Diane Haithman is a Deadline contributor:

Loyola Marymount University’s School of Film and Television annual Steed Symposium included past and present media heavy-hitters on a panel at Creative Artists Agency’s Ray Kurtzman Theater. The subject was ‘The New Disruptors’ about today’s showbiz gamechangers. The panel included past Big Media disruptors like Michael Fuchs, chairman/CEO of HBO (1984-1995) and former chairman of the Warner Music Group as well as Warren Lieberfarb, the former president of Warner Home Video; and today’s disruptors like Ross Levinsohn, EVP of Yahoo!’s Americas region, and Sara Pollack, YouTube’s senior marketing manager. Film producer and former United Artists chief Paula Wagner moderated.

First up with a comment was Fuchs, honored earlier in the day on the LMU campus for pioneering original content on HBO. (He joked that he’s an ‘old disruptor’.) Fuchs was sharply critical of traditional Hollywood companies. “The big old media companies don’t innovate. Fox buys My Space, it dies,” he said, to laughter. He praised Lieberfarb’s spearheading an entertainment industry standard for the DVD as one of the few times that an established media behemoth had disrupted the status quo.

Lieberfarb in turn took old media to task for its lack of innovation. “The real question is, in media companies today, where are the Sarnoffs and the Paleys?” he said.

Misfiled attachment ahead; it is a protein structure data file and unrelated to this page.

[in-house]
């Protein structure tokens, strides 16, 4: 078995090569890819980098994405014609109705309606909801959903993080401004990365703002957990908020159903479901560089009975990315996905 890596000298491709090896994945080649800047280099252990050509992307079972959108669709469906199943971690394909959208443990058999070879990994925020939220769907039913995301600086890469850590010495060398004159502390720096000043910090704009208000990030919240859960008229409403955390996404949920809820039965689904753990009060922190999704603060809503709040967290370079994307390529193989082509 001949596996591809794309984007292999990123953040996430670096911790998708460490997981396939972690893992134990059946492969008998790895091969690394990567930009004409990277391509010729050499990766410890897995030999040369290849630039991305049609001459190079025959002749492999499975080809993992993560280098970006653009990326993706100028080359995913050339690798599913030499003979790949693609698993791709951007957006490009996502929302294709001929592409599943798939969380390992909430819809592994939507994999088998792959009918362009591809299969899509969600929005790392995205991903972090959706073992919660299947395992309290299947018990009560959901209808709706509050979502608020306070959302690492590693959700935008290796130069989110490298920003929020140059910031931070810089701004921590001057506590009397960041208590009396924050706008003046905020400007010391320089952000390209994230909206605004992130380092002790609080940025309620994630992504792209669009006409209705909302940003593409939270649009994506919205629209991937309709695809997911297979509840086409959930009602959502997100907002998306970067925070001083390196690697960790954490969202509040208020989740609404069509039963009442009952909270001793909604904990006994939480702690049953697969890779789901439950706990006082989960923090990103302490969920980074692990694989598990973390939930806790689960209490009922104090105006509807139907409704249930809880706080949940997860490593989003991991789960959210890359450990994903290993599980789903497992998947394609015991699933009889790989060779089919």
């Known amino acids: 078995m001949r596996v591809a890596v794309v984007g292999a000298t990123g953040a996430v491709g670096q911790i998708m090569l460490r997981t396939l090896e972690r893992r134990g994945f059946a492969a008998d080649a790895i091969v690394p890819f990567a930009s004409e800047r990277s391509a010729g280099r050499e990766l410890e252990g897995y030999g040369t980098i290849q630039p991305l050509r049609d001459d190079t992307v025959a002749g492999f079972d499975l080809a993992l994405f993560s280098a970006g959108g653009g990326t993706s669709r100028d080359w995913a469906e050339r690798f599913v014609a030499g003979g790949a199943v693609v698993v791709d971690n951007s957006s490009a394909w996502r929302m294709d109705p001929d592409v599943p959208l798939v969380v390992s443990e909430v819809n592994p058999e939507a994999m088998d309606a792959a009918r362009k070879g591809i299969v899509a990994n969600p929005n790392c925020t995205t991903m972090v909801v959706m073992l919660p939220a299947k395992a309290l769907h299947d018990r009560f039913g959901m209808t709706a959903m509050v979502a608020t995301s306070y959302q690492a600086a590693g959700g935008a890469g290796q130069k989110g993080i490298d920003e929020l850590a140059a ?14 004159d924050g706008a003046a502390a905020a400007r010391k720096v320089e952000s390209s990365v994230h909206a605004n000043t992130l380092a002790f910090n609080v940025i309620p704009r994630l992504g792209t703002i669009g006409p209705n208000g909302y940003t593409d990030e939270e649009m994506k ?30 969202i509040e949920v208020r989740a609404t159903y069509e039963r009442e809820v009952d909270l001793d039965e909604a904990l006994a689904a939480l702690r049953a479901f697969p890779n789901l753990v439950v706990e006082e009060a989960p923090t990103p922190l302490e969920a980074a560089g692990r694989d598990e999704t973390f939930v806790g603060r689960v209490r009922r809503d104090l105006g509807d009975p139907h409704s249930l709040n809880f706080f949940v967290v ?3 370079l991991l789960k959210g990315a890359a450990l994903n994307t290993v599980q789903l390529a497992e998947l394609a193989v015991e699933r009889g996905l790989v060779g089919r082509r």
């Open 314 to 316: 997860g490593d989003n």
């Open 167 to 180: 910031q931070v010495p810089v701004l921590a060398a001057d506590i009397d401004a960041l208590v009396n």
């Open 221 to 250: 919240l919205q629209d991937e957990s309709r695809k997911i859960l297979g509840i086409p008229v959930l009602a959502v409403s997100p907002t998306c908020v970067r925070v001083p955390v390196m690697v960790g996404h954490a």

Levinsohn answered that question by noting how, “in the traditional media, there aren’t disruptors anymore.” He said too many media leaders are “fearful, not fearless. Who’s taking those chances? Google, Apple. Silicon Valley is fearless when it comes to disrupting. Hollywood is fearless when it comes to creating beautiful programming… Those who figure out both will be successful.”

Pollack said YouTube viewers want both great Hollywood movies and “the next dog on a skateboard, because that’s the beauty of the site.”

Pollack, Levinsohn, Allen, and Weiler all agreed that new platforms provide a “golden age” for writers to experiment. Allen argued against the notion that consumers are being isolated by watching entertainment on a variety of devices instead of in a movie theater. “Home viewing can be more social. Witness the use of two screens,” he said, referring to people who are watching their TV while perhaps holding a Twitter conversation about it online.

Fuchs however, said he wasn’t so sure, criticizing today’s media climate as “technological intoxication” adding: “I don’t want my kids to have their face in technology all the time. I’m worried about that.”